The ZZ plant is one of my favorite houseplants as they are not only easy to grow, but you can easily divide them to make more ZZ plants. The plant’s unique root system makes creating more plants a cinch in a few easy steps that even a newbie plant-owner will have the confidence to take on.
Dividing your ZZ plant means you can give the extra plant away as a stylish and sustainable gift or simply make more of this beautiful plant for yourself. Remember, there’s no such thing as having too many plants!
What you need to know before dividing your ZZ plant
Despite being slow growers, ZZ plants can eventually outgrow their pots. If you don’t take care of this, your plant will become stressed, and it won’t be able to effectively access the water and nutrients it needs to thrive. Therefore, splitting your ZZ plant is sometimes necessary to keep it happy and healthy.
If you are unsure when you should split your ZZ plant, or when it is safe for the plant to do so, a good rule of thumb is to divide it once there are at least 6 stems. Or alternatively, if the plant is filling out the pot and you can see the sides of the pot bulging or the rhizomes start sticking out.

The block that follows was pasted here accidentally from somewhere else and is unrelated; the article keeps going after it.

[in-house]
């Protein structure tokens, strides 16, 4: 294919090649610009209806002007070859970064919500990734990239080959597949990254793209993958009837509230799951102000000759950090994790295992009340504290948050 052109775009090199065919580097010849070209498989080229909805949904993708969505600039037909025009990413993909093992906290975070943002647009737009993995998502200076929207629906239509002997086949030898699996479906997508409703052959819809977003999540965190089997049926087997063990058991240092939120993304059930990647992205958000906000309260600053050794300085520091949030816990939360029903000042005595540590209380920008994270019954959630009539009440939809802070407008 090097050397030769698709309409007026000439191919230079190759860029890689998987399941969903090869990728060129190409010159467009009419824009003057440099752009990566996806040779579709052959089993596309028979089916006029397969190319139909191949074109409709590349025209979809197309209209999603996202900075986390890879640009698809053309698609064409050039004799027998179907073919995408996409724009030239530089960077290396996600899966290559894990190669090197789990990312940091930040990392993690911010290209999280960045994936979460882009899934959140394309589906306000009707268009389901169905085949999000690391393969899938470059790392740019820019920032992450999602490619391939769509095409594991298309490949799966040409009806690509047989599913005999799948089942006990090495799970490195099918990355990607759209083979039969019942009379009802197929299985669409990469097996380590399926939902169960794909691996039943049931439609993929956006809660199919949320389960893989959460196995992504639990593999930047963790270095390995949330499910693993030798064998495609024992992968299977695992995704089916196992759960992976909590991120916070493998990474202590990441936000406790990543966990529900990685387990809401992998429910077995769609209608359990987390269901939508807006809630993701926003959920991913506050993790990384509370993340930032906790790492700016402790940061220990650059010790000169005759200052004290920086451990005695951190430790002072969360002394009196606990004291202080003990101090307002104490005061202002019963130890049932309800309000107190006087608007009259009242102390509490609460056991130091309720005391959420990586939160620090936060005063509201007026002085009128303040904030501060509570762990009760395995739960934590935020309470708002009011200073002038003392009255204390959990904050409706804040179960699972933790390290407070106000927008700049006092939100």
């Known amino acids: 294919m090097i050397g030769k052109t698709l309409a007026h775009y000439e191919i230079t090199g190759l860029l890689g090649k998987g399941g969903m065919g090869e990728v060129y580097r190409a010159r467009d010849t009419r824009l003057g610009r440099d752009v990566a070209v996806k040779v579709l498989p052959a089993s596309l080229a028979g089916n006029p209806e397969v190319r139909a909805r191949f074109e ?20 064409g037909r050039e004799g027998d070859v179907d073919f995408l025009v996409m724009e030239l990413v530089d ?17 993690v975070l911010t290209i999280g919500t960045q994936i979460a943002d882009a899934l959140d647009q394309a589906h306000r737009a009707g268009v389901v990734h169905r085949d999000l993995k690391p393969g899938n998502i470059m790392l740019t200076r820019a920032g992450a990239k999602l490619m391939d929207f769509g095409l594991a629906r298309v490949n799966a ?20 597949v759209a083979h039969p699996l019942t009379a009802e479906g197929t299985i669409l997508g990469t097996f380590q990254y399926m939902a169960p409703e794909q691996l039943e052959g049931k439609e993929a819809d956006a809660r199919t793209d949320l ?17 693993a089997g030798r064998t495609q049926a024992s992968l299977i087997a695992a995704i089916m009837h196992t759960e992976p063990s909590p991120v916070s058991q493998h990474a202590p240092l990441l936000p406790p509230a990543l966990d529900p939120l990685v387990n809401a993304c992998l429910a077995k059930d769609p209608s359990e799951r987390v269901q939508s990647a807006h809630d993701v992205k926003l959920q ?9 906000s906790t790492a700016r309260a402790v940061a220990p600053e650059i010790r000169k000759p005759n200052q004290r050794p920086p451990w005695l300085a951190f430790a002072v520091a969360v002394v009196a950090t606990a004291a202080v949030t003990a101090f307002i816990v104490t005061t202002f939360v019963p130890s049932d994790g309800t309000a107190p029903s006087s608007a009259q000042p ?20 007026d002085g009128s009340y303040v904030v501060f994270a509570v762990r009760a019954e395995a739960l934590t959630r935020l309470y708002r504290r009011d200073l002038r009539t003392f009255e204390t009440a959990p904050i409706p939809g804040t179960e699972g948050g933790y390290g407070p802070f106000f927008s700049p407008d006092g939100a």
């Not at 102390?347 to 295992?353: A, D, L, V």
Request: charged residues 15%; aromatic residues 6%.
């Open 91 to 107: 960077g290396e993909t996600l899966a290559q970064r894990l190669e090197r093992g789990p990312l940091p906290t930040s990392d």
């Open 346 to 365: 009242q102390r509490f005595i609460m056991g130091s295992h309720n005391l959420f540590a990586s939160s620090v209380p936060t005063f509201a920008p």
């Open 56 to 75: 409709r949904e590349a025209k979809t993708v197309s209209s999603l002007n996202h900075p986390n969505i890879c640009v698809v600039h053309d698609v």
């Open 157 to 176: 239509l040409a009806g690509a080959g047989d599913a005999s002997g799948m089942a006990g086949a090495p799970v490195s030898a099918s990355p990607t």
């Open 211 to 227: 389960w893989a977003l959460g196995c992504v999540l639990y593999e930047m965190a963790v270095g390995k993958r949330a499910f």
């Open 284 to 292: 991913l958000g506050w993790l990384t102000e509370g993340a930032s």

There are a lot of variables that will affect the speed at which your plant grows, but generally, repotting or splitting your ZZ-plant every 2-3 years is a reasonable time frame to keep in mind.
If this is your first time doing it, you might understandably be nervous, but you’ll see it’s easy to do in just a few simple steps. Understanding the plant’s root structure will make this process less daunting.
When you remove your ZZ plant from the pot, you’ll see the root structure is slightly different from what you may be used to. The ZZ plant doesn’t have any roots or bulbs, but it has rhizomes. These rhizomes resemble potatoes, and they act as storage units for water and nutrition for the plant. We wrote a more in-depth article about these rhizomes that you can read here.
It’s these rhizomes that make splitting your ZZ plant so easy. That’s because you can pull it apart and replant a whole rhizome, or even just a part of one, and it will still flourish.
If possible, you want to stop watering your ZZ plant for 2-3 weeks before taking it out of the pot. This will ensure the soil is completely dry, making it easier to wiggle the plant out and clearly see the root structure and rhizomes.
The hardest part of dividing a ZZ plant is having some patience as the roots can get a bit tangled. Just remember to be gentle with the plant! You don’t want to get frustrated and damage it in the process.
Ok, now you know what to expect, its time to split your ZZ plant!
How to divide your ZZ plant, step by step
Step 1: Set up your workspace